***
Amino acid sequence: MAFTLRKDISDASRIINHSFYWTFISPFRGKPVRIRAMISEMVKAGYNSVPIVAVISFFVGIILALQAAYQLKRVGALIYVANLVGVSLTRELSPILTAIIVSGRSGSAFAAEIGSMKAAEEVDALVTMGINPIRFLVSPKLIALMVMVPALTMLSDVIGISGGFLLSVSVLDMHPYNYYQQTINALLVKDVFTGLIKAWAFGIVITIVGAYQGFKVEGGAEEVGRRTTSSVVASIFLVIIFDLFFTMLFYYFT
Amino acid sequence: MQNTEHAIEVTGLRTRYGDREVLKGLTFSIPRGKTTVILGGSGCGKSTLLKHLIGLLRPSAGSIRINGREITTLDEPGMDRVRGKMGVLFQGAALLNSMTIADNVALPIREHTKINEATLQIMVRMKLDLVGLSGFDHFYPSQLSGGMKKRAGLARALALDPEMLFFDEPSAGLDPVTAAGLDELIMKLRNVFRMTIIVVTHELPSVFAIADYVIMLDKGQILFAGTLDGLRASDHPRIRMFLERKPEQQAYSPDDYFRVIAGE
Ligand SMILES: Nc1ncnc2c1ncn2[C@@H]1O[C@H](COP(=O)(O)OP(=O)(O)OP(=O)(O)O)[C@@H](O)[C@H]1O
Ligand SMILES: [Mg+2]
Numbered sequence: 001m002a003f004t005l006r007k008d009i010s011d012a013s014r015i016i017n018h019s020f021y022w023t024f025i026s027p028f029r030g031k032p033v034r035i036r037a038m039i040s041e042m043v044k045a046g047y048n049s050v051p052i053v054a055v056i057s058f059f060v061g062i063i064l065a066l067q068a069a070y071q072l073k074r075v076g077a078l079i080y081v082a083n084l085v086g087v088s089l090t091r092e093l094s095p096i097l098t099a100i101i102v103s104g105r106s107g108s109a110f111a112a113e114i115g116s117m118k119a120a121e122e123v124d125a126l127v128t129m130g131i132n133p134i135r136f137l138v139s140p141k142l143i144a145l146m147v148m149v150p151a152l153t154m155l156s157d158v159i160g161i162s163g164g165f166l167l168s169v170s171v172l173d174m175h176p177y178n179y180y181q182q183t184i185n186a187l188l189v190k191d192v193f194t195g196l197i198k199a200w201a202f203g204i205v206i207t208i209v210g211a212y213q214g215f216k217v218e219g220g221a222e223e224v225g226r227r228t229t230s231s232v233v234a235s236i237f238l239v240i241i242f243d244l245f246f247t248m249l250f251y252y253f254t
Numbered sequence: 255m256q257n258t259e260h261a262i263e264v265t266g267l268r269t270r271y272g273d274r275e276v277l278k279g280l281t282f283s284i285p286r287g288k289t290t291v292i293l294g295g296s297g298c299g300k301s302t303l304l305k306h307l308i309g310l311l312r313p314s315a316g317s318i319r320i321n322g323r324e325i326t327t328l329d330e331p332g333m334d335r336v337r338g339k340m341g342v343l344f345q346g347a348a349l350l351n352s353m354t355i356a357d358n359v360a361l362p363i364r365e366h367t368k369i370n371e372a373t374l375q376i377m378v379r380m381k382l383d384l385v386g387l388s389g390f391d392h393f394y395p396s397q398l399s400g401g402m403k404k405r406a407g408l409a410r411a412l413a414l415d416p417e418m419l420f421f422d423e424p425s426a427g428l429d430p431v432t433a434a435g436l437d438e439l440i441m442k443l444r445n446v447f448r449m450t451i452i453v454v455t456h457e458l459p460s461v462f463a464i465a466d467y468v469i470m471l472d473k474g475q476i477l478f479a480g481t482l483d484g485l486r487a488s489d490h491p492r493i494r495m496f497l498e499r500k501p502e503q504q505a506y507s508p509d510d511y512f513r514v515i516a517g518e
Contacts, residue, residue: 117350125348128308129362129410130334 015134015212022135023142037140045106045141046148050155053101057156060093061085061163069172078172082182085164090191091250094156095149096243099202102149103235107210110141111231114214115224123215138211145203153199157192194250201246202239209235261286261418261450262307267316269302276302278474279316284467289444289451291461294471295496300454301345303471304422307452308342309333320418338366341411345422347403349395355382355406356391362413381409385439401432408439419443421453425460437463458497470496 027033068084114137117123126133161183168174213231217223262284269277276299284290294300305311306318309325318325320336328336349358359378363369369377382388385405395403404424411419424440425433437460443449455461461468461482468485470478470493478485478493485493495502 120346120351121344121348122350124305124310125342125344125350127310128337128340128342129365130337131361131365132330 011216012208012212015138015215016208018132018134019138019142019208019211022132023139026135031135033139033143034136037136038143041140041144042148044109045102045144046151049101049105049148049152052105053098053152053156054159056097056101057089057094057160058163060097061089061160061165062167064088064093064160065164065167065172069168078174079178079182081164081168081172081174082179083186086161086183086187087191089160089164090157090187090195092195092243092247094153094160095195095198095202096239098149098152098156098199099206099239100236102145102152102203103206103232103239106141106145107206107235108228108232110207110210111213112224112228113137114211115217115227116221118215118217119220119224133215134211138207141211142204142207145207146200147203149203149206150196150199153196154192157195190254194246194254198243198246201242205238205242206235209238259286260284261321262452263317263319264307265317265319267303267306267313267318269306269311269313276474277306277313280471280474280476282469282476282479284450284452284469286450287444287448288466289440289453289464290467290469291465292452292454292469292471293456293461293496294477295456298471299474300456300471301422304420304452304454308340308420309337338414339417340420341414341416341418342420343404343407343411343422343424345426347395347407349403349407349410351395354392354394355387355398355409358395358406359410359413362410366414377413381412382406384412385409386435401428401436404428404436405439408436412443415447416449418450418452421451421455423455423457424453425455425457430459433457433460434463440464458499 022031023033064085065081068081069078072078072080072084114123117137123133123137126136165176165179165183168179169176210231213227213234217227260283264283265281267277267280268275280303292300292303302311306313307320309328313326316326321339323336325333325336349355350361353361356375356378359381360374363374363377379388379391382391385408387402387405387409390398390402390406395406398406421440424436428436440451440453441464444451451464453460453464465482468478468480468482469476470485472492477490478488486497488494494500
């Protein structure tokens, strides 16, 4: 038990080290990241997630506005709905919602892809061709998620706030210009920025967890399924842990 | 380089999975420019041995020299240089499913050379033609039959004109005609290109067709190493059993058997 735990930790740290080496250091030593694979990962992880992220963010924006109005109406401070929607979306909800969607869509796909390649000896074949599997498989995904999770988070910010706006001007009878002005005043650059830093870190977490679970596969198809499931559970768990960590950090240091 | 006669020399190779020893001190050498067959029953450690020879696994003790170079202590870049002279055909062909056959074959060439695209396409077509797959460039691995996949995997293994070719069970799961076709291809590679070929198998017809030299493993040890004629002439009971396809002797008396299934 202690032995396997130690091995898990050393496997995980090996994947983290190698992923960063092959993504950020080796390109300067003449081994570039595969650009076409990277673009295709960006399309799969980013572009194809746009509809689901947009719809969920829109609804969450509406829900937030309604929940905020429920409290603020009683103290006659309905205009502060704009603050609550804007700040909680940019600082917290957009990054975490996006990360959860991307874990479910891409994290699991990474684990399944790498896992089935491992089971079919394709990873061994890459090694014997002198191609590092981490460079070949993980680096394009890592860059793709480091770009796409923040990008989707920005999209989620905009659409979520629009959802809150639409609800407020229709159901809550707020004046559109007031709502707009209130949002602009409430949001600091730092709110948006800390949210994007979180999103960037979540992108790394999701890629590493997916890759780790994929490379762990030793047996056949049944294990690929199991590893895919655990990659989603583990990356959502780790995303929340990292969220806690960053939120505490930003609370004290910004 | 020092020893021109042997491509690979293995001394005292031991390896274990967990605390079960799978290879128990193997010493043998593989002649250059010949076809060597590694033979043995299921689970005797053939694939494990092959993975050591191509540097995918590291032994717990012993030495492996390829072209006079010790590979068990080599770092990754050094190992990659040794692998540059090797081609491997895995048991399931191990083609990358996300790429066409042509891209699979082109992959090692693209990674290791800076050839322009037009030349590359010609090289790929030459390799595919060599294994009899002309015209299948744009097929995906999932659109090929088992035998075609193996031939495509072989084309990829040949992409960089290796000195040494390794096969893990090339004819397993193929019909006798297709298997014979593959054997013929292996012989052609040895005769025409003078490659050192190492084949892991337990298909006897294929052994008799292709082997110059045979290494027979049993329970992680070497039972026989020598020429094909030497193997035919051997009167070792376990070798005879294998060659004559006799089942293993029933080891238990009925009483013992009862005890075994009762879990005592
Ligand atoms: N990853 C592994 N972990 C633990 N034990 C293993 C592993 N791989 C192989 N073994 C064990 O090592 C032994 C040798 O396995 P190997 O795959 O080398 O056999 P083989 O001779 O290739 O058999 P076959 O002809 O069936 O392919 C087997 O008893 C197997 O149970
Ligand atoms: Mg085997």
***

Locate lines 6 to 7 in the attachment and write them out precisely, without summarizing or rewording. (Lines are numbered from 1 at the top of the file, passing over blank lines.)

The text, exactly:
Numbered sequence: 255m256q257n258t259e260h261a262i263e264v265t266g267l268r269t270r271y272g273d274r275e276v277l278k279g280l281t282f283s284i285p286r287g288k289t290t291v292i293l294g295g296s297g298c299g300k301s302t303l304l305k306h307l308i309g310l311l312r313p314s315a316g317s318i319r320i321n322g323r324e325i326t327t328l329d330e331p332g333m334d335r336v337r338g339k340m341g342v343l344f345q346g347a348a349l350l351n352s353m354t355i356a357d358n359v360a361l362p363i364r365e366h367t368k369i370n371e372a373t374l375q376i377m378v379r380m381k382l383d384l385v386g387l388s389g390f391d392h393f394y395p396s397q398l399s400g401g402m403k404k405r406a407g408l409a410r411a412l413a414l415d416p417e418m419l420f421f422d423e424p425s426a427g428l429d430p431v432t433a434a435g436l437d438e439l440i441m442k443l444r445n446v447f448r449m450t451i452i453v454v455t456h457e458l459p460s461v462f463a464i465a466d467y468v469i470m471l472d473k474g475q476i477l478f479a480g481t482l483d484g485l486r487a488s489d490h491p492r493i494r495m496f497l498e499r500k501p502e503q504q505a506y507s508p509d510d511y512f513r514v515i516a517g518e
Contacts, residue, residue: 117350125348128308129362129410130334 015134015212022135023142037140045106045141046148050155053101057156060093061085061163069172078172082182085164090191091250094156095149096243099202102149103235107210110141111231114214115224123215138211145203153199157192194250201246202239209235261286261418261450262307267316269302276302278474279316284467289444289451291461294471295496300454301345303471304422307452308342309333320418338366341411345422347403349395355382355406356391362413381409385439401432408439419443421453425460437463458497470496 027033068084114137117123126133161183168174213231217223262284269277276299284290294300305311306318309325318325320336328336349358359378363369369377382388385405395403404424411419424440425433437460443449455461461468461482468485470478470493478485478493485493495502 120346120351121344121348122350124305124310125342125344125350127310128337128340128342129365130337131361131365132330 011216012208012212015138015215016208018132018134019138019142019208019211022132023139026135031135033139033143034136037136038143041140041144042148044109045102045144046151049101049105049148049152052105053098053152053156054159056097056101057089057094057160058163060097061089061160061165062167064088064093064160065164065167065172069168078174079178079182081164081168081172081174082179083186086161086183086187087191089160089164090157090187090195092195092243092247094153094160095195095198095202096239098149098152098156098199099206099239100236102145102152102203103206103232103239106141106145107206107235108228108232110207110210111213112224112228113137114211115217115227116221118215118217119220119224133215134211138207141211142204142207145207146200147203149203149206150196150199153196154192157195190254194246194254198243198246201242205238205242206235209238259286260284261321262452263317263319264307265317265319267303267306267313267318269306269311269313276474277306277313280471280474280476282469282476282479284450284452284469286450287444287448288466289440289453289464290467290469291465292452292454292469292471293456293461293496294477295456298471299474300456300471301422304420304452304454308340308420309337338414339417340420341414341416341418342420343404343407343411343422343424345426347395347407349403349407349410351395354392354394355387355398355409358395358406359410359413362410366414377413381412382406384412385409386435401428401436404428404436405439408436412443415447416449418450418452421451421455423455423457424453425455425457430459433457433460434463440464458499 022031023033064085065081068081069078072078072080072084114123117137123133123137126136165176165179165183168179169176210231213227213234217227260283264283265281267277267280268275280303292300292303302311306313307320309328313326316326321339323336325333325336349355350361353361356375356378359381360374363374363377379388379391382391385408387402387405387409390398390402390406395406398406421440424436428436440451440453441464444451451464453460453464465482468478468480468482469476470485472492477490478488486497488494494500